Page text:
2
$\begingroup$

From this website I found the following question:

A chess board’s 8 rows are labelled 1 to 8, and its 8 columns a to h. Each square of the board is described by the ordered pair (column letter, row number).

(a) A knight is positioned at (d, 3). Write down its possible positions after a single move of the knight.

(b) If R = {1, 2, ..., 8}, C = {a, b, ..., h}, and P = {coordinates of all squares on the chess board}, use set notation to express P in terms of R and C

(c) A rook is positioned at (g, 2). If T = {2} and G = {g}, express its possible positions after one move of the rook in terms of R, C, T and G.

For (a) is there anyway mathematically to list all the possible positions of the knight? I could for example, use a chess board to determine all the possible positions of the knight.

About (C) I completely don't get it.

The answers are provided in the website, however, I'm interested in how to solve them.

$\endgroup$
  • $\begingroup$ You might also be interested in this question $\endgroup$ – Joffan Jun 24 '16 at 15:25
1
$\begingroup$

Given an initial position for the knight, the knight can move either north-east, north-west, south-east or south-west. In each of these directions, there are usually two possible positions. For example, from $(d,3)$, the knight can move north-east to either $(e,5)$ or $(f,4)$. Thus, there are a total of 8 possible positions for the knight if the knight starts at $(d,3)$.

Since a knight move consists of jumping 3 squares in the form of an L-shape, mathematically, the 8 possible new positions for the knight can be obtained by just adding or subtracting 1 to one of the two coordinates of $(d,3)$ and 2 to the other coordinate. For instance, adding $(1,2)$ to $(d,3)$ gives $(e, 5)$. Here, I assume that 'adding' 1 to a letter gives the next letter, and so adding 1 to $d$ gives $e$. Or, we can add $(2,1)$ to $(d,3)$, and we get $(f,4)$. Or, we can add $(-1,2)$ to $(d,3)$, and we get $(c,5)$. The number of different additions we can do is the size of the set $\{ (\pm 1, \pm 2), (\pm 2, \pm 1)\}$, which is 8.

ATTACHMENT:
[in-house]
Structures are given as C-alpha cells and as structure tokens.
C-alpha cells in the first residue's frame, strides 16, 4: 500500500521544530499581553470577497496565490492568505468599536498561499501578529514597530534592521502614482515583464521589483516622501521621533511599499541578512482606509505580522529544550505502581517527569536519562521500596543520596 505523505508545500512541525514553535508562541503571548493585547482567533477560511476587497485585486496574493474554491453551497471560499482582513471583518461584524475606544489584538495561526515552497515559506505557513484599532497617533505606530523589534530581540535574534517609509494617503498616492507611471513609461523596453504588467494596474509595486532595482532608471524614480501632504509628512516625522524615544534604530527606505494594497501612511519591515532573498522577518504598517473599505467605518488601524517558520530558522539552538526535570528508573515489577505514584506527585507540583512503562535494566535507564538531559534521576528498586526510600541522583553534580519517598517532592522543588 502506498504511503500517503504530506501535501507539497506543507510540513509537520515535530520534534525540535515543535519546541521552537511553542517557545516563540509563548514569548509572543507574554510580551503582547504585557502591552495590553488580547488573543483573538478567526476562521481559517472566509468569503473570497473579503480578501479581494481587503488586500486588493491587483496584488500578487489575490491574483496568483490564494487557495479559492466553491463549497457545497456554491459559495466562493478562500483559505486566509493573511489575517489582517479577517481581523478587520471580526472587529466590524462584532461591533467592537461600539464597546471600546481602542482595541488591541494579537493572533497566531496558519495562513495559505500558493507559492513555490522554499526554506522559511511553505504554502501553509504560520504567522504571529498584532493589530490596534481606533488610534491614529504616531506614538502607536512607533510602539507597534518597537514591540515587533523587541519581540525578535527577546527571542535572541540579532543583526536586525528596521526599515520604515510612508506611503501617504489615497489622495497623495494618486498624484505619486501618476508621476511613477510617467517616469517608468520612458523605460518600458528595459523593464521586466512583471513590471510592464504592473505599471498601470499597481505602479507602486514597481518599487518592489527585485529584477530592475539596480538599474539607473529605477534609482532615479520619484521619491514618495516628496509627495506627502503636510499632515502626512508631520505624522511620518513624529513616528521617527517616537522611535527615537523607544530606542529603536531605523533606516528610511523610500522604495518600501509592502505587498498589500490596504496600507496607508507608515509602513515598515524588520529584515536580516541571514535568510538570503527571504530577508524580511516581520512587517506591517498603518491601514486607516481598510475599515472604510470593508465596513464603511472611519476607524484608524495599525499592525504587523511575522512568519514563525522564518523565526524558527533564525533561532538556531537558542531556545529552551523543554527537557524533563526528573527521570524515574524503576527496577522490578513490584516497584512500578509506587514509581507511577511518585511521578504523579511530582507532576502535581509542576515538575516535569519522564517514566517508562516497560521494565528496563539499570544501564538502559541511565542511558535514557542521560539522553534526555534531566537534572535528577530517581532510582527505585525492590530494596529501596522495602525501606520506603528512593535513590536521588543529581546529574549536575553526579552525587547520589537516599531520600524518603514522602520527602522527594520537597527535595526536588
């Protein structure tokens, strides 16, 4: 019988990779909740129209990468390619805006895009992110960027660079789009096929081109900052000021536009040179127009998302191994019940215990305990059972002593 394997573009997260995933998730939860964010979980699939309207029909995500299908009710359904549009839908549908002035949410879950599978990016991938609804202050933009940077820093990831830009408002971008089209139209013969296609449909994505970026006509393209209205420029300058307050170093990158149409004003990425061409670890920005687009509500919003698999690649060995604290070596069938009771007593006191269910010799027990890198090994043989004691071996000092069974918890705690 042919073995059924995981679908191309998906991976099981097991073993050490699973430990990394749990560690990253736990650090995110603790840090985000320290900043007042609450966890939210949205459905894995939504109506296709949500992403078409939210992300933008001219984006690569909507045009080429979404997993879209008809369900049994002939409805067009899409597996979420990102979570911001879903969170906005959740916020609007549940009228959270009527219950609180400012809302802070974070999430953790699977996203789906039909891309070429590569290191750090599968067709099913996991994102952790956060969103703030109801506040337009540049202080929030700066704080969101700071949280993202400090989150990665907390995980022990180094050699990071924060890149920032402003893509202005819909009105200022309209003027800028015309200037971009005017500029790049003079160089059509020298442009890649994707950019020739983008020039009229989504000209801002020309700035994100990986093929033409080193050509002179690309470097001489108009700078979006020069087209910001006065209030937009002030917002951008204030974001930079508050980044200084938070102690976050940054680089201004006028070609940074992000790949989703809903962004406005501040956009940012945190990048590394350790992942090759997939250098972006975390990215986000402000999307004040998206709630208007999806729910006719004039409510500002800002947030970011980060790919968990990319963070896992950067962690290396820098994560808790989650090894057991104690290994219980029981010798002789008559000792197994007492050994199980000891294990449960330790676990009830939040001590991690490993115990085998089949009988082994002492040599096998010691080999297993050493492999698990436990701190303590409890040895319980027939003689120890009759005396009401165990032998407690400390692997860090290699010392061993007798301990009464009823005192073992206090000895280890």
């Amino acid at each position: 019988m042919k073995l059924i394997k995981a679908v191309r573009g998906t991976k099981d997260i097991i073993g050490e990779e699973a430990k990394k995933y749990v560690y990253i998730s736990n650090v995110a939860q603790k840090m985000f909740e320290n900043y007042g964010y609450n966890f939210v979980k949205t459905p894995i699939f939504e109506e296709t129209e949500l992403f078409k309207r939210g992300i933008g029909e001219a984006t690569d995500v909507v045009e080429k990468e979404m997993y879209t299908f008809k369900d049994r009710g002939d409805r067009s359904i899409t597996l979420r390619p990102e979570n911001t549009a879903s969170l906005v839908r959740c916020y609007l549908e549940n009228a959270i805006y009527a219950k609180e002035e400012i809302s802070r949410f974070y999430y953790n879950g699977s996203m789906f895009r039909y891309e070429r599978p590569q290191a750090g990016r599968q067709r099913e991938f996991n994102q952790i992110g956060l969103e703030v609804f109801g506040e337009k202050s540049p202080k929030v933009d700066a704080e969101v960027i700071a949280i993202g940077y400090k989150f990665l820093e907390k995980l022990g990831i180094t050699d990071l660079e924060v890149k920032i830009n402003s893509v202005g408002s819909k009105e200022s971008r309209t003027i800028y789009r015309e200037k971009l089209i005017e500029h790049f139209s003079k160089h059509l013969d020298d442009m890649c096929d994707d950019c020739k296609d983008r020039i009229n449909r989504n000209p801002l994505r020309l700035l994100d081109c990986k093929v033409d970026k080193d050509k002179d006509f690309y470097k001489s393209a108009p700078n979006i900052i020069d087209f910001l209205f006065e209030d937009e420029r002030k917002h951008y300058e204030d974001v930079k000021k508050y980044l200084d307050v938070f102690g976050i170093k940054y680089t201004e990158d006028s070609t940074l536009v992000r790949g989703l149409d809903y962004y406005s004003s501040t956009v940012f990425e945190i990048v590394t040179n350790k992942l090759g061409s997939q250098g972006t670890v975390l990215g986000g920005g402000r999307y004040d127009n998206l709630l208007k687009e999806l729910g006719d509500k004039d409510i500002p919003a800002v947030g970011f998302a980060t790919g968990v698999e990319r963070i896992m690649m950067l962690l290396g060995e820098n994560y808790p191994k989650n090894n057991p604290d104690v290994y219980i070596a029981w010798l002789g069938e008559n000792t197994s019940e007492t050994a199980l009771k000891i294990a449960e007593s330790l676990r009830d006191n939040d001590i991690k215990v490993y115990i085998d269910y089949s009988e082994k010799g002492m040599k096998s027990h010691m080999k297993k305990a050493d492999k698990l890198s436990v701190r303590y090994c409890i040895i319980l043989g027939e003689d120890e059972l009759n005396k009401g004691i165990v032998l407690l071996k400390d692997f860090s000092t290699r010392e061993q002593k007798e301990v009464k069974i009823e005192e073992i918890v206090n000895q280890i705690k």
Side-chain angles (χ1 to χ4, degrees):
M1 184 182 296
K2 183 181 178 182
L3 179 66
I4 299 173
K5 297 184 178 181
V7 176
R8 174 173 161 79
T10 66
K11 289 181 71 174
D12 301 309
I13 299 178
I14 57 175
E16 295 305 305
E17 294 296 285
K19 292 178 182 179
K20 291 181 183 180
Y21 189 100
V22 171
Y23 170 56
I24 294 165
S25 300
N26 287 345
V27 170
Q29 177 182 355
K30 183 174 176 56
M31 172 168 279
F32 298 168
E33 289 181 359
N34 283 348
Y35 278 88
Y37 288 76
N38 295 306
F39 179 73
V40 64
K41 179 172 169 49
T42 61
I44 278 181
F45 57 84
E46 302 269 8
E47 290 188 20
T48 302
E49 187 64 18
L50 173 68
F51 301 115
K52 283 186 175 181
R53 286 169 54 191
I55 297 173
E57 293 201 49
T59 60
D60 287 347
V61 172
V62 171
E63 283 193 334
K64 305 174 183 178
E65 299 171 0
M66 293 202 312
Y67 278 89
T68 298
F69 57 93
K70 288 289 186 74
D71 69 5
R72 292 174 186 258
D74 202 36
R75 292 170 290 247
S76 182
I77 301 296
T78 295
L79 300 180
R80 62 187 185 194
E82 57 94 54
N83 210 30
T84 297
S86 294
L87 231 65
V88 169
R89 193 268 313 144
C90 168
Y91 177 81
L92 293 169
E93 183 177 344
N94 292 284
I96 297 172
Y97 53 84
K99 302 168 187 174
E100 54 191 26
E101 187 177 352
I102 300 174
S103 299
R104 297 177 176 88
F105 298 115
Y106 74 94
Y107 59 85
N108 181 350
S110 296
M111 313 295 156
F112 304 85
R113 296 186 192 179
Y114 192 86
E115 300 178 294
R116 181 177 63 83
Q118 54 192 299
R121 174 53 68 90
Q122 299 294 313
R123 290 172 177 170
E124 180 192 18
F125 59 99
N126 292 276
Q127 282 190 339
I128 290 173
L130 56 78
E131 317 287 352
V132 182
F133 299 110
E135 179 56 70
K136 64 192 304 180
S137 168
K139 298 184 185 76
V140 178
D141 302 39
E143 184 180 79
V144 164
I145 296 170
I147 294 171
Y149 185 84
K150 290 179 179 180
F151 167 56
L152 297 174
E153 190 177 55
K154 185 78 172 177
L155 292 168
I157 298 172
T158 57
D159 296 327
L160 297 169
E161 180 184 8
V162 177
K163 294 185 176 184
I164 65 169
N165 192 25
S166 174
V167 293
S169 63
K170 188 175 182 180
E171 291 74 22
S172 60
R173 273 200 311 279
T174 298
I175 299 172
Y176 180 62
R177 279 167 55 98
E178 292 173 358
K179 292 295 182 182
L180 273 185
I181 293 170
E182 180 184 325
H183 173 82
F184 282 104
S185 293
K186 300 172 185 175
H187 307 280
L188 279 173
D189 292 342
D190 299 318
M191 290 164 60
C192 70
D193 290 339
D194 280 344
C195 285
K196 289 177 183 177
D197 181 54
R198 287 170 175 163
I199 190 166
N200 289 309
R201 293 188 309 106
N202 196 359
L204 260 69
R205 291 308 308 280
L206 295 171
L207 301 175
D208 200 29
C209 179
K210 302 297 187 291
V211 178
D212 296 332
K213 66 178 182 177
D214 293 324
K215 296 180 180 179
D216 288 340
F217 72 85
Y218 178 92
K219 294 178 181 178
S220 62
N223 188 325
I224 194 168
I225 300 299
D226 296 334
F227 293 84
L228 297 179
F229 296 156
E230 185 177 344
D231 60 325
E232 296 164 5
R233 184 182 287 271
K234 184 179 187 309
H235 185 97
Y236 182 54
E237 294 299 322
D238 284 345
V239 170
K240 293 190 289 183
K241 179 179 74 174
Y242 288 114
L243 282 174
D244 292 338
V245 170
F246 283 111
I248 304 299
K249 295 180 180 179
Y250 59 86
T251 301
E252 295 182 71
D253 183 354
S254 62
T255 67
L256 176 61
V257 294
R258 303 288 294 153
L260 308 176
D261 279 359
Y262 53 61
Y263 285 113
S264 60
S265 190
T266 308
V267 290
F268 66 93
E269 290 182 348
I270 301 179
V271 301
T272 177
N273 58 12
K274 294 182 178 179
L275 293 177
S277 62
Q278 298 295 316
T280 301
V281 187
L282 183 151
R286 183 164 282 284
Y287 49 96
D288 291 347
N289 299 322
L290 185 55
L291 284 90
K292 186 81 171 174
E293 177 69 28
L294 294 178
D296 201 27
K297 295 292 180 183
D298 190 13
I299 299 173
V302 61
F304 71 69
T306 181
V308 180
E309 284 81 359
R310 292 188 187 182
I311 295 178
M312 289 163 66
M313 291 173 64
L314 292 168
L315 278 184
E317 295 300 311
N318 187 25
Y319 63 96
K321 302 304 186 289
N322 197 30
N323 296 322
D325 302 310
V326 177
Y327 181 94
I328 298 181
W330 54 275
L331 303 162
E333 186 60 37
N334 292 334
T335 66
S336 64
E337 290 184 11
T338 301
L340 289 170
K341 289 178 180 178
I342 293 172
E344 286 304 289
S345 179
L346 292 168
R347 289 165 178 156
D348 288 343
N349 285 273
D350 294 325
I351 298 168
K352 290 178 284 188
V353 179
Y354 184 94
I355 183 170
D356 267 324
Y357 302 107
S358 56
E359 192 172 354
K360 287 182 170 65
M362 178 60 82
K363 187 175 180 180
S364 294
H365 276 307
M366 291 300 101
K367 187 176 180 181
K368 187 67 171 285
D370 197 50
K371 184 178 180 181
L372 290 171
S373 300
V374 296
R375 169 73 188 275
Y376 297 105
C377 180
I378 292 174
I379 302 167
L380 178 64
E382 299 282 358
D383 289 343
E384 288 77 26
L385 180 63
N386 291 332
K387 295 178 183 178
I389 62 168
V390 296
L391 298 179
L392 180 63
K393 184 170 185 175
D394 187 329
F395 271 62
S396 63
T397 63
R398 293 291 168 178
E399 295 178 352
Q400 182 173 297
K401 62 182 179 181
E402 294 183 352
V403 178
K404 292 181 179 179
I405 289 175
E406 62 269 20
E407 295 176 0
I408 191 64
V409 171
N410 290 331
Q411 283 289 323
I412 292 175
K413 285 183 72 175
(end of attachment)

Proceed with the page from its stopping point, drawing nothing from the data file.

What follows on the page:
Of course, if the knight is not near the center of the board, then the knight could fall off the board if it moves in some of these 8 directions. So, if the knight is near the edge or corner of the board, only some (not all 8) of the possible 'additions' should be carried out.

For part (b), $P= C \times R$ should be clear, where $C$ is the set of columns of the board and $R$ the set of rows.

For part (c), observe that a rook on $(g,2)$ can either move horizontally to one of the 7 squares $(a,2), (b,2), \ldots, (h,2)$ or vertically to one of the 7 squares $(g,1), (g,3), \ldots, (g,8)$. Hence, there are 14 possible new positions for the rook if the rook moves. To express this set of 14 elements in set-theoretic form, observe that there are 8 positions on row 2, namely the positions $(a,2), (b,2), \ldots, (h,2)$. In other words, row 2 is the set $\{(a,2), \ldots, (h,2)\} = \{a,b,\ldots,h\} \times \{2\} = C \times T$. Similarly, column 2 is the set $\{g\} \times \{1,\ldots,8\} = G \times R$. The set of positions in row 2 or column 2 is their union $(C \times T) \cup (G \times R)$. Observe that row 2 consists of 8 positions, column 2 consists of 8 positions, and their union $(C \times T) \cup (G \times R)$ consists of 15 positions (they have a common element $(g,2)$). If a rook must move, it cannot occupy its initial position $(g,2)$. This position is the unique element in the singleton set $\{ (g,2) \} = \{g\} \times \{2 \} = G \times T$. If you remove the element $(g,2)$ from the 15-element set, you get the expression $((C \times T) \cup (G \times R)) - (G \times T)$.

$\endgroup$
0
$\begingroup$

a) The eight or fewer positions of a knight at $(x,y)$ after a move are $\{(x \pm 1, y \pm 2\} \cup \{x \pm 2, \pm 1\}$ or if you really want to be fancy $\{x \pm a, y \pm (3 - a)|a \in \{1,2\}$ and the terms are within 1 to 8 $\}$.

But as there are only eight positions it's easier and clearer to just list them: (d,3)=> (c,1)(c,5)(e,1)(e,5)(b,2)(b,4)(f,2)(f,4)

b) $P = R \times C = \{(a,b)|a \in R; b \in C\}$.

c) Possible positions are $\{(x,2)\}\cup \{(g,y)\}= R\times\{2\} \cup \{g\} \times C = R \times T \cup G \times C$

$\endgroup$
-1
$\begingroup$

For (a), you would move conveniently label the board position as $(4,3)$, and the $8$ possible destination squares as $(4\pm2,3\pm1)$ and $(4\pm1,3\pm2)$

  • Note, that's in answer to your question about listing the spaces mathematically. Using the original question notation, the knight's possible location after one move is $(\{c,e\},\{1,5\})\;\cup\;(\{b,f\},\{2,4\})$

Guessing at the unclear meaning of (c), I would say that the position of the rook after one move $(R,C)$ is: either $(R=G$ and $C \ne T)$ or $(R\ne G$ and $C = T)$

Edit: And looking at the website you linked, I see that $R$ and $C$ are the set of possible values of rows and columns respectively, in which case I'd phrase my answer to (c) differently: the position of the rook after one move is defined by either $(R-G,T)$ or $(G, C-T)$

$\endgroup$

Your Answer

By clicking “Post Your Answer”, you agree to our terms of service, privacy policy and cookie policy

Not the answer you're looking for? Browse other questions tagged or ask your own question.